Metropolitan Washington Airports Authority leaders on Oct. 20 took a victory lap of sorts, reliving the glories of a week before marking progress in facilities at Ronald Reagan Washington National Airport.
Changes that have come to the airport, and others still on the way, “will substantially improve [the] customer experience,” said authority CEO Jack Potter.
Transportation and political leaders from the regional, state and national levels had descended on Reagan National Oct. 13 to celebrate progress on “Project Journey,” the billion-dollar plan that represents the biggest capital project at the airport since construction of the Terminal B/C complex a quarter-century ago.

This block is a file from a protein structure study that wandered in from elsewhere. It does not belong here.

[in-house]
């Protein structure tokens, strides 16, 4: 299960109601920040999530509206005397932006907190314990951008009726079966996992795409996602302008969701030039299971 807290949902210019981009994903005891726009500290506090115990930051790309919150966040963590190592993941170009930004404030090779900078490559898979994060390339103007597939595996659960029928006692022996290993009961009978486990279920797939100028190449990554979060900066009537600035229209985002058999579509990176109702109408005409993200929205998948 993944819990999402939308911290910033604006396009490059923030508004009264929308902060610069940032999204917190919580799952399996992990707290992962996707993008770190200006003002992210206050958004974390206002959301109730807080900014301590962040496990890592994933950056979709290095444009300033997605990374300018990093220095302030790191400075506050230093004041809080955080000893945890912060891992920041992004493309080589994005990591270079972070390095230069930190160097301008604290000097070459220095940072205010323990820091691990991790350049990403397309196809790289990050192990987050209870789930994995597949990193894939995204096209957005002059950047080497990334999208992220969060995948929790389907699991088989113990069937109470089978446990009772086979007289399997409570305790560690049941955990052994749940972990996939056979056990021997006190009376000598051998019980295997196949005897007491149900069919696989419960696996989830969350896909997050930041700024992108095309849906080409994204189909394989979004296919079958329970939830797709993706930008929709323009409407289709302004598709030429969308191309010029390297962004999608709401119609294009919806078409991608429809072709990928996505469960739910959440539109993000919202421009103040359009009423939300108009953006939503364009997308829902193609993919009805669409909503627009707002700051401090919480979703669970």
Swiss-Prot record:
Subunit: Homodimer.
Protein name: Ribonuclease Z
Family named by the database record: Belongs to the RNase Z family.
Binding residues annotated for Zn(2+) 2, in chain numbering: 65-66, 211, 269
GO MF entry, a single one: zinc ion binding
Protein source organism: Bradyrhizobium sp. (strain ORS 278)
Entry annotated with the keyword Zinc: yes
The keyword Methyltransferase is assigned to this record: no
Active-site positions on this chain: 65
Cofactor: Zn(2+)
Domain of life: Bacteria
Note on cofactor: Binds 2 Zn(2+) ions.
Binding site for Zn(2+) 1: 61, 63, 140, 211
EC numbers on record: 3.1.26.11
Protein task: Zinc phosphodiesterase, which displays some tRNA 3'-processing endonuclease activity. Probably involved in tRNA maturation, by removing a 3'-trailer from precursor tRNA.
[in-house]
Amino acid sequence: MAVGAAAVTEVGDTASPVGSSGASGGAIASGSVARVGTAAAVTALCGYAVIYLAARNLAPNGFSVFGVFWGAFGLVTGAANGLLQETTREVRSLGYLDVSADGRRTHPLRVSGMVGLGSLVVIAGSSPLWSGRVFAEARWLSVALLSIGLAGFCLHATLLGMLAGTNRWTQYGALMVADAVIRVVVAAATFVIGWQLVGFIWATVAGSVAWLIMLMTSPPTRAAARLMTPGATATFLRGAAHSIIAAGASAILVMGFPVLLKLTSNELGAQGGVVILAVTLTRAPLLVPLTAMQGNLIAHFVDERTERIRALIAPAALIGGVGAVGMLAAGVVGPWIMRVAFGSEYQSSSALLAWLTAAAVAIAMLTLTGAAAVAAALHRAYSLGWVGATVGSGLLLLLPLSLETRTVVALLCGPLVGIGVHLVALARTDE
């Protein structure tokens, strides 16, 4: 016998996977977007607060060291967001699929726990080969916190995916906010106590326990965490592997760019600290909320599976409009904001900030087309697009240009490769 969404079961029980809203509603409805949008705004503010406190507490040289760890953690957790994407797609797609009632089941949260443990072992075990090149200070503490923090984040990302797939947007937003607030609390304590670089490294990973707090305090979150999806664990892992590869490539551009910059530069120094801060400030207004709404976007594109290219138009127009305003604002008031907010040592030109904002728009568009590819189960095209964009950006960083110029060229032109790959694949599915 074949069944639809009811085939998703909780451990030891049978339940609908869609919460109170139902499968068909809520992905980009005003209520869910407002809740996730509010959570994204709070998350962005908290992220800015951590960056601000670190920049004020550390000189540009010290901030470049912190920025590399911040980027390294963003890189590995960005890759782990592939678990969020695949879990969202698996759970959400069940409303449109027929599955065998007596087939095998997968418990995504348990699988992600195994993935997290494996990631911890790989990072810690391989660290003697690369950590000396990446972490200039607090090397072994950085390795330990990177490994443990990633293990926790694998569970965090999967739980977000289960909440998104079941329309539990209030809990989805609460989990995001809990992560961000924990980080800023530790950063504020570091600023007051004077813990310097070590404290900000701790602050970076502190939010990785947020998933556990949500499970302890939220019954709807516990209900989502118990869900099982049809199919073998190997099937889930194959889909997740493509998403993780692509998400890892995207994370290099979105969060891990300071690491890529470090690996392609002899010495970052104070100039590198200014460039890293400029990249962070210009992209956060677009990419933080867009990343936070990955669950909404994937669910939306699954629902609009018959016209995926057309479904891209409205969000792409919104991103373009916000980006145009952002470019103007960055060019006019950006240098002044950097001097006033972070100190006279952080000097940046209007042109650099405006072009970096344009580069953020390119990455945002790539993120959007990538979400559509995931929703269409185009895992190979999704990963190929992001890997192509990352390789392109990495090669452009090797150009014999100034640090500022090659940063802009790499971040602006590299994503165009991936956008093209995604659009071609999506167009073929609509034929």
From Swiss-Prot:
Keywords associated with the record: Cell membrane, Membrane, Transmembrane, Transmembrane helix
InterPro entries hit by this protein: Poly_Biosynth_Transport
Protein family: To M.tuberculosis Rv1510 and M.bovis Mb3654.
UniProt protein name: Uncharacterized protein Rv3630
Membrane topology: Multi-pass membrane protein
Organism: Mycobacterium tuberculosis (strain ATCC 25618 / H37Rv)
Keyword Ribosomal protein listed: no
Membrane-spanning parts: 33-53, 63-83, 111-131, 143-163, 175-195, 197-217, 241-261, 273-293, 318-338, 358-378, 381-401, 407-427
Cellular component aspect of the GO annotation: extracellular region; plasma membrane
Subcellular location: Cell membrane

The initiative has included a new pier for regional jets that made its debut earlier in the year, along with new passenger-screening facilities slated to open Nov. 9. At that point, most of the project will be in the rear-view mirror.
But not quite all.
“We still have work to be done . . . over several more months,” Potter said. Those efforts include dismantling the existing Transportation Security Administration checkpoints, which will no longer be needed; revamping transportation routes around the exterior of the airport; and miscellaneous efforts to tie up loose ends.
Potter praised staff, contractors and airlines using the facilities, who “always made sure construction activities co-existed” with passengers who needed to wend their way to and from gates.
“Everyone worked together to transform the passenger experience,” Potter said, adding that with passenger counts likely to be significant during the holiday period, “these new facilities couldn’t have come at a better time.”